A Tale Of Two Red Lines

Let’s get this out of the way first: President Donald Trump didn’t actually say the words “red line.” In fact, he, his National Security Advisor, and his Secretary of State say so many different things that it can be hard to tell whether there are red lines, let alone where they are.

In August 2012, President Barack Obama explicitly laid down a red line to President Bashar al-Assad of Syria: Move chemical weapons around, and we will strike. A few days later, Assad brutally killed over a thousand people in Ghouta with sarin. Congress and allied nations were reluctant to back a military strike in response. But then Russian Foreign Minister Sergei Lavrov offered another response: Syria would join the Chemical Weapons Convention and give up its stock of chemical weapons and the means to make more.

It might seem that disarming Syria of chemical weapons was an appropriate punishment for their use after an ulitmatum was issued. No longer would they have that set of tactics available. The benefit to the rest of the world is obvious – ending that form of brutality and the threat to other nations in the region. Missile strikes could never have done that.

Trump withdrew from the Joint Comprehensive Plan of Action (JCPOA), which limited Iran’s nuclear program to a greater degree than for other signatories of the Nuclear Nonproliferation Treaty. He then imposed additional economic sanctions on Iran, in contravention of what had been agreed. A number of small provocations then ensued, and Trump and his advisors threatened war, only to rescind the threat at the last minute. This action is being compared broadly to the 2012 actions.

Let’s look at the comparison in more detail.

In August 2012, a civil war was in progress in Syria. The United States was involved, but not as a primary actor.

The recent provocations against ships have been relatively small and ineffective. They were likely carried out by Iran or its proxies, but the evidence made public is less than conclusive. A military attack on Iran would be disproportionate.

Obama’s clearly stated objective was to end Assad’s use of chemical weapons against civilians. A military strike would have limited that capability, but would not have ended it.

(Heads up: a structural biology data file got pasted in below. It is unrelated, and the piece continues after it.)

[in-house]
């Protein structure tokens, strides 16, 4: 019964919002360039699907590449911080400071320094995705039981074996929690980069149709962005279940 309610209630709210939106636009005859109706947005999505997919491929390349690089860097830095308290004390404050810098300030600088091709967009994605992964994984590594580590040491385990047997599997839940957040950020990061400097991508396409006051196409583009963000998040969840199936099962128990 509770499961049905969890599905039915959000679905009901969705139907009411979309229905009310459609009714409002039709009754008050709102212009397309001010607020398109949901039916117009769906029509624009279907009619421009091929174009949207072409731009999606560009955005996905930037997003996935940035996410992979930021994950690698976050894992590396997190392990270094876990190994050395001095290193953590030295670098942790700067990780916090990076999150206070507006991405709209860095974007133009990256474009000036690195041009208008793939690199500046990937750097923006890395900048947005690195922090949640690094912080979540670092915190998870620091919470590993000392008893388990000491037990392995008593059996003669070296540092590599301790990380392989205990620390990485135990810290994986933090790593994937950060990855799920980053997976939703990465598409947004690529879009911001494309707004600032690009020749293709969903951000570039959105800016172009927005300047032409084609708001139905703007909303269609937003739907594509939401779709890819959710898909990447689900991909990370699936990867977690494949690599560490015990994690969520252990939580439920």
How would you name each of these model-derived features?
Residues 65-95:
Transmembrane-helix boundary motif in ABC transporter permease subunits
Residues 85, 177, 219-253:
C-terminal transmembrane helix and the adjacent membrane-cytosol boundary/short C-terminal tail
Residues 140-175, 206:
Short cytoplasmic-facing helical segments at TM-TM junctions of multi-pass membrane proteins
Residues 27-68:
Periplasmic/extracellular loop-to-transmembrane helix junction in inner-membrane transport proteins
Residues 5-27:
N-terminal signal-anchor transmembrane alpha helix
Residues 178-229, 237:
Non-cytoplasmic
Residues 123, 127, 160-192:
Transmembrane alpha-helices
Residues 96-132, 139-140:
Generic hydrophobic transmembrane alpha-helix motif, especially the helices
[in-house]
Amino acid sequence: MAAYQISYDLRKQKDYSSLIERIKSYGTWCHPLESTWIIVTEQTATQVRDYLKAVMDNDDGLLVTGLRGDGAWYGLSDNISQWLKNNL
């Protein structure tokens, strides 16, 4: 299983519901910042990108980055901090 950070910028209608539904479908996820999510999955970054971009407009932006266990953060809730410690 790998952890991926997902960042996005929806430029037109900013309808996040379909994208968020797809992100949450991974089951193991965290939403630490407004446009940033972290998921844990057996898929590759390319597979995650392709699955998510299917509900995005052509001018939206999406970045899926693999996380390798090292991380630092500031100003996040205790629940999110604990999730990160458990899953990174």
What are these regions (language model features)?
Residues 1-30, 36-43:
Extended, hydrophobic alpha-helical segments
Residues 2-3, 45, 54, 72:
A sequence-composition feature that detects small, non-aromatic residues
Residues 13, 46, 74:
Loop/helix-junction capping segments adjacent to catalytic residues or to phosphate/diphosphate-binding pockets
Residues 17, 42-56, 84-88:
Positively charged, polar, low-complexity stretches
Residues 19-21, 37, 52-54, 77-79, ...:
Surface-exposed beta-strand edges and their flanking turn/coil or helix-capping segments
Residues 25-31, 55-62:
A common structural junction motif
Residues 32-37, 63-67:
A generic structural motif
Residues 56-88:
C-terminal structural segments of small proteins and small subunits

Secretary of State Mike Pompeo has presented to Iran a list of 12 demands to Iran that no country could accede to, short of defeat in war. Trump has said that all he wants is for Iran not to build nuclear weapons. It is not clear how a limited strike against Iran would further these demands.

When presented with an alternative to military action that would be more effective in reaching his objective, Obama changed direction.

Trump and his aides have presented four or five explanations for his change of direction. We have no way of knowing the truth.

Syria’s chemical weapons stockpile was mostly removed and the ability to make more curtailed. Assad seems to have retained a small amount of sarin, which he has used in attacks since the disarmament. He has also used chlorine, a dual-use chemical that is regulated differently. Equivalent attacks with sarin would have been much more deadly.

It’s too soon to judge the effect of Trump’s action.

Obama was excoriated for not holding to his red line. Much of the US foreign policy establishment puts great stock in military action and was disappointed that Obama chose chemical weapons disarmament over missile strikes. The commentary on Trump’s action has been much more moderate, but there is some warning about threats and confidence. For example,

Many reasons are possible for the more moderate response. Perhaps we have become accustomed to Trump’s bluster without followthrough. Perhaps the situations are different enough that the response is justified. And perhaps Obama, by taking a more effective and peaceful route, broke the attraction of violence.

 

Cross-posted at Nuclear Diner.








Friday Morning Open Thread: Well, *That* Was Timely…

Wednesday:


 
Thursday night:


 
Potential Friday distraction:








Excellent (Orlando-Alternative) Read: “The Man Who Was Upset”

In my opinion, David Roth is poised to follow in the footsteps of great commentors like Damon Runyon, Roy Blount, and Charles P. Pierce as he moves from sportwriting to politics. This is from the New Republic:

Even after the hit NBC reality show The Apprentice rebuilt his personal fortune and retooled his image from Gilded Tabloid Oaf to Glowering Dealmaster, Trump never declined an opportunity to fish a quarter out of the toilet when the situation presented itself. That reflexive and amoral avarice is one of the ignoble truths of Trump, but it’s subsidiary to the most important and elemental fact about the man, which is that he never does or says anything new. Some things may be shaded slightly differently from one blurt or boast to the next—every number he says invariably cheats upward over time, and he periodically adds new scenes and jokes to the metastasizing stand-up act that he rolls out at his rallies… 


At this stage in his sublimely unexamined life and increasingly evident cognitive decline, Trump isn’t really capable of very compelling misdirections or even passably convincing falsehoods. He digresses because he loses the plot, and he lies when the truth wouldn’t look good on him; he distracts himself and tells himself lies because it is the only way to square what is actually happening with what he would prefer to be happening. (In this, he is but building on the spiritual birthright bestowed on him by his dad: Fred Trump was an ardent worshipper at the Marble Collegiate Church of Norman Vincent Peale, the reactionary business prophet who distilled many failed superpower incantations of his own in his blockbuster self-help tract, The Power of Positive Thinking. Peale presided over Donald’s first wedding in 1977, and remains Trump’s most frequently cited spiritual mentor.)